At the same time, Brazil has—the BNDES is a huge development bank, bigger than the World Bank. People don’t realize this, but Brazil has actually shown how a single country can create a very effective development bank. So, there’s a learning going on. And this notion of how you create an effective development bank, that actually promotes real development without all the conditionality and all the trappings around the old institutions, is going to be an important part of the contribution that Brazil is going to make.
JUAN GONZÁLEZ: And how has that bank functioned differently, let’s say, than other development banks in the North?
JOSEPH STIGLITZ: Well, we don’t know yet, because it’s just getting started. The agreement—it’s been several years underway. The discussions began about three years ago, and then they made a commitment, and then they—you know, they’ve been working on it very steadily. What was big about this agreement was—there was a little worry that there would be conflicts of the interests. You know, everybody wanted the headquarters, the president. Would there be enough political cohesion, solidarity, to make a deal? Answer was, there was. So, what it is really saying is that in spite of all of the differences, the emerging markets can work together, in a way more effectively than some of the advanced countries can work together.
AMY GOODMAN: Joe Stiglitz, you’re the former chief economist of the World bank. What’s your assessment of the World Bank under the tenure of Jim Yong Kim, who is the former Dartmouth president? We just passed the second anniversary of his tenure there.
JOSEPH STIGLITZ: Well, it’s still too soon to say.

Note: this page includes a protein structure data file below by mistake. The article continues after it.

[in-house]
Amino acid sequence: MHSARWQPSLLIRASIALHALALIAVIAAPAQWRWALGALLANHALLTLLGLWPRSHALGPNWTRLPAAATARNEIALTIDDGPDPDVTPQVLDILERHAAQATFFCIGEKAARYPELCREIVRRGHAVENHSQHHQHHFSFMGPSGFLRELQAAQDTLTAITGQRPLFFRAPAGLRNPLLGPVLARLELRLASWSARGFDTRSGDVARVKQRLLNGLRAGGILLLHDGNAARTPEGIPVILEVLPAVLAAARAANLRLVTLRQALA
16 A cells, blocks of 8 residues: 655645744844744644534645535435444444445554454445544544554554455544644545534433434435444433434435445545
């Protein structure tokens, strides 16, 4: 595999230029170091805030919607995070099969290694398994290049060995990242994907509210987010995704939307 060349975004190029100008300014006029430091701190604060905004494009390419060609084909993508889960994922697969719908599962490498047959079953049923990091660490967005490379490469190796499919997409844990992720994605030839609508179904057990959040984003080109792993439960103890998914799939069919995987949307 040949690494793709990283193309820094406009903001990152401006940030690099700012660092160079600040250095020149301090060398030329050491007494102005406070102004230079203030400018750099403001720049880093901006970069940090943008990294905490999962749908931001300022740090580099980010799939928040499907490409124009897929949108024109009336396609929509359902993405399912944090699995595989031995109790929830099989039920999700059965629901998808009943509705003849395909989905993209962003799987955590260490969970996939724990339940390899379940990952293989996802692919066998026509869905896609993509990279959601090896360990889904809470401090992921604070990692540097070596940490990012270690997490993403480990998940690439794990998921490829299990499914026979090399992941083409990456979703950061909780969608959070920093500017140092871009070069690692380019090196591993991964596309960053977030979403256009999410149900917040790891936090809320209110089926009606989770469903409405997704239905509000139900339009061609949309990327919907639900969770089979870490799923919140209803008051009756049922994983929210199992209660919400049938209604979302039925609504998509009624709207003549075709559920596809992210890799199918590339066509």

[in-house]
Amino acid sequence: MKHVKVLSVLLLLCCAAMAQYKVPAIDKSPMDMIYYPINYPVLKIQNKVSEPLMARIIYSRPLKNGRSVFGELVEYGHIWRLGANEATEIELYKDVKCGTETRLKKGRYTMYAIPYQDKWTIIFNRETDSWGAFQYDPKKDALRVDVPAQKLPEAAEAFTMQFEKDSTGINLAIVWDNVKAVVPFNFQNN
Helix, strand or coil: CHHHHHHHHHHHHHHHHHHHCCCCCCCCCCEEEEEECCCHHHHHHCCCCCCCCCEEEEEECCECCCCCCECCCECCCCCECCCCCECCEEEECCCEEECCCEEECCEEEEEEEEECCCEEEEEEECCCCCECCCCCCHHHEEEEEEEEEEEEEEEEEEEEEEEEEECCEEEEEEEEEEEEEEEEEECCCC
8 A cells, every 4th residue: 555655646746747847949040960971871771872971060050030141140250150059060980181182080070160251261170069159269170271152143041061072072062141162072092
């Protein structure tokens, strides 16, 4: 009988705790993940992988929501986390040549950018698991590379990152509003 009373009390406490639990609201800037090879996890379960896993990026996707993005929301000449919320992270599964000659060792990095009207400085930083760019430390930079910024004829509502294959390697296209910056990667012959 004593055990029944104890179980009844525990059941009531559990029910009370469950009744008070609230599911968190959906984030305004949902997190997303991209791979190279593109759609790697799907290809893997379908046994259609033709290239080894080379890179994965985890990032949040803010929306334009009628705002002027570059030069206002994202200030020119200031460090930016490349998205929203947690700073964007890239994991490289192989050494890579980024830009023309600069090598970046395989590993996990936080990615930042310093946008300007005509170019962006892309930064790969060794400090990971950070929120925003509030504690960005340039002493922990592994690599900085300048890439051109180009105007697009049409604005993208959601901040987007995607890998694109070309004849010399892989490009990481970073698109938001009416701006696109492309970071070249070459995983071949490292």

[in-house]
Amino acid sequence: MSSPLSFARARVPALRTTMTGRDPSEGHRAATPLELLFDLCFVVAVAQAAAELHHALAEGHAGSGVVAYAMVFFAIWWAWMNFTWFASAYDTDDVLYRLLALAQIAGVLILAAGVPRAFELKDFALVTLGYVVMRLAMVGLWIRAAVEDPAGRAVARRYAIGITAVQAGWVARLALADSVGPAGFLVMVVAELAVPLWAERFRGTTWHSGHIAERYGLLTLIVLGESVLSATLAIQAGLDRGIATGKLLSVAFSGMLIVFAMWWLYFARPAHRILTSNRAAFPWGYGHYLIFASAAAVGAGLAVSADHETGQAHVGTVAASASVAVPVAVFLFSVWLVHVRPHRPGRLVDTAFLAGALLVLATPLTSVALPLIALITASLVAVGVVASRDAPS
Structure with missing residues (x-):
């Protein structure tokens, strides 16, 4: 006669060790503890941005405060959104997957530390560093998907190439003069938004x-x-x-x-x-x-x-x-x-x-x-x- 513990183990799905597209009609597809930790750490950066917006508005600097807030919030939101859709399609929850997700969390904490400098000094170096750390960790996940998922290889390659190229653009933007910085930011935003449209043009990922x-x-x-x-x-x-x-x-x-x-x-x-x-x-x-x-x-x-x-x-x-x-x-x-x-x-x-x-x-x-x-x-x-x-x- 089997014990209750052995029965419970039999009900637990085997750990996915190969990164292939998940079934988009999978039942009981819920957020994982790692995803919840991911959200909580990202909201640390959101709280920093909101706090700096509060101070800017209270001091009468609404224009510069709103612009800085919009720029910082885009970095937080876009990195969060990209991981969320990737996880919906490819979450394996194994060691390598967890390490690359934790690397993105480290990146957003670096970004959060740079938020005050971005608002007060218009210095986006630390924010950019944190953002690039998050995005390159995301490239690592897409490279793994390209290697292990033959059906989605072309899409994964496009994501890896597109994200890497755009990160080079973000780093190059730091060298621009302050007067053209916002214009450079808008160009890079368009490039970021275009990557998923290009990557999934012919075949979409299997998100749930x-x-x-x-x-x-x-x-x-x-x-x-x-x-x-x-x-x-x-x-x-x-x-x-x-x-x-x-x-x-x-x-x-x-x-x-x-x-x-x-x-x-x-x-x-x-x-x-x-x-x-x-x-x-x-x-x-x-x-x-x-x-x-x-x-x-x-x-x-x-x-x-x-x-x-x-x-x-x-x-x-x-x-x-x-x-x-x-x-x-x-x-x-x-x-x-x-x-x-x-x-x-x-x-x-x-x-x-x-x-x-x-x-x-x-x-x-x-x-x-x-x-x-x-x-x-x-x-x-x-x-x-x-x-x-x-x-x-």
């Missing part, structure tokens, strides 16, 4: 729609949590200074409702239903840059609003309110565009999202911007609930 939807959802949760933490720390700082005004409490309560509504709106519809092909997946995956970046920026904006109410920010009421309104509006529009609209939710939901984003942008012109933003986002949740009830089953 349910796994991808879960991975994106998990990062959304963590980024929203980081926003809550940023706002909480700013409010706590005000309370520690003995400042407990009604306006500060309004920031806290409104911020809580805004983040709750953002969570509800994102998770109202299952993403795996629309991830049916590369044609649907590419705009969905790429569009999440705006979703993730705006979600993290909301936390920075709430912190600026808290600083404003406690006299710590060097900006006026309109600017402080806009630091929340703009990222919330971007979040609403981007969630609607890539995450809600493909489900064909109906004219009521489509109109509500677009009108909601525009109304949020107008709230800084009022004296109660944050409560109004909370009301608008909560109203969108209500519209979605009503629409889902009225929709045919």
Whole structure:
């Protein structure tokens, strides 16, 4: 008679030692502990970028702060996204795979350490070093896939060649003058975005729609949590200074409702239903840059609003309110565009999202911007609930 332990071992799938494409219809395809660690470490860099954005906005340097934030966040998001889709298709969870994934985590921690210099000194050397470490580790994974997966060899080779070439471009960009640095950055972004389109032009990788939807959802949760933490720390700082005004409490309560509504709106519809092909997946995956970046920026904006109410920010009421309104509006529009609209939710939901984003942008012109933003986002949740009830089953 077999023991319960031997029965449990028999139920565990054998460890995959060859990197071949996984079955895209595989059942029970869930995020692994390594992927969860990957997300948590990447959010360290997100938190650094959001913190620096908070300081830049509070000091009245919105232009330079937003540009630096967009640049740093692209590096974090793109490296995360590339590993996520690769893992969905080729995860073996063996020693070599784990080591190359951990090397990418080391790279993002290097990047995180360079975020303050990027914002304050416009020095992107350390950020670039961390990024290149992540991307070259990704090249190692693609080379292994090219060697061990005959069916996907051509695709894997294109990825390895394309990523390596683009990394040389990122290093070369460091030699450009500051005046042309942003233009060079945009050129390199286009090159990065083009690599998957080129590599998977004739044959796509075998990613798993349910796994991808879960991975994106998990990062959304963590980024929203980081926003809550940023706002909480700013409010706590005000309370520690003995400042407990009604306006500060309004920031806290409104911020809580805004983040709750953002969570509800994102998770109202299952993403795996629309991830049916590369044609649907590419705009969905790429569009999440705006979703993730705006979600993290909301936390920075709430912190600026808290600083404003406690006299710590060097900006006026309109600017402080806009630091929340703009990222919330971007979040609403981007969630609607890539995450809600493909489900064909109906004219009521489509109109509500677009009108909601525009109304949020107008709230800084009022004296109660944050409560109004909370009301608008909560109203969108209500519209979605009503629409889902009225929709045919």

AMY GOODMAN: When it comes to issues of debt and other issues.
JOSEPH STIGLITZ: You know, because it takes a while for somebody to get in charge of the bank and to—you know, it’s like a big ship, and you’re trying to shift it. I think there’s a broad concern that he brings certain very positive strengths to the bank—a focus on health and other social issues—but successful development will have to continue to have a focus on some of the old issues. So, you know, you have to grow. And he has a little bit less experience in the fundamentals of economic growth. I think he has probably more sensitivity to some of the problems that have plagued these international financial institutions in the past, the high conditionality. But he faces a governance problem. And that’s what this issue is about, a governance problem, where the head of the World Bank is chosen by the U.S., even though the U.S. is not playing the economic role and the leadership role that it did at one time. And we all believe in democracy, but a democracy says it shouldn’t be just assigned to one country.
One of the interesting aspects of the discussions that I’ve heard is, you know, during the East Asia crisis, one of the senior, very senior U.S. Treasury officials said, "What are you complaining about, about our telling countries what to do? He who pays the piper calls the tune." And what I hear now is the developing countries, emerging markets, China and the other countries, saying, "We’re paying the tune. We’re the big players now. We have the resources. We’re where the reserves are. And yet, you don’t want to let us play even a fair share in the role, reflecting the size of our contributions in the economy, in trade." And so, that’s one of the real grievances—I think valid grievances. And it’s hard for an institution where the governance is so out of tune with current economic and political realities to be as effective as it could be.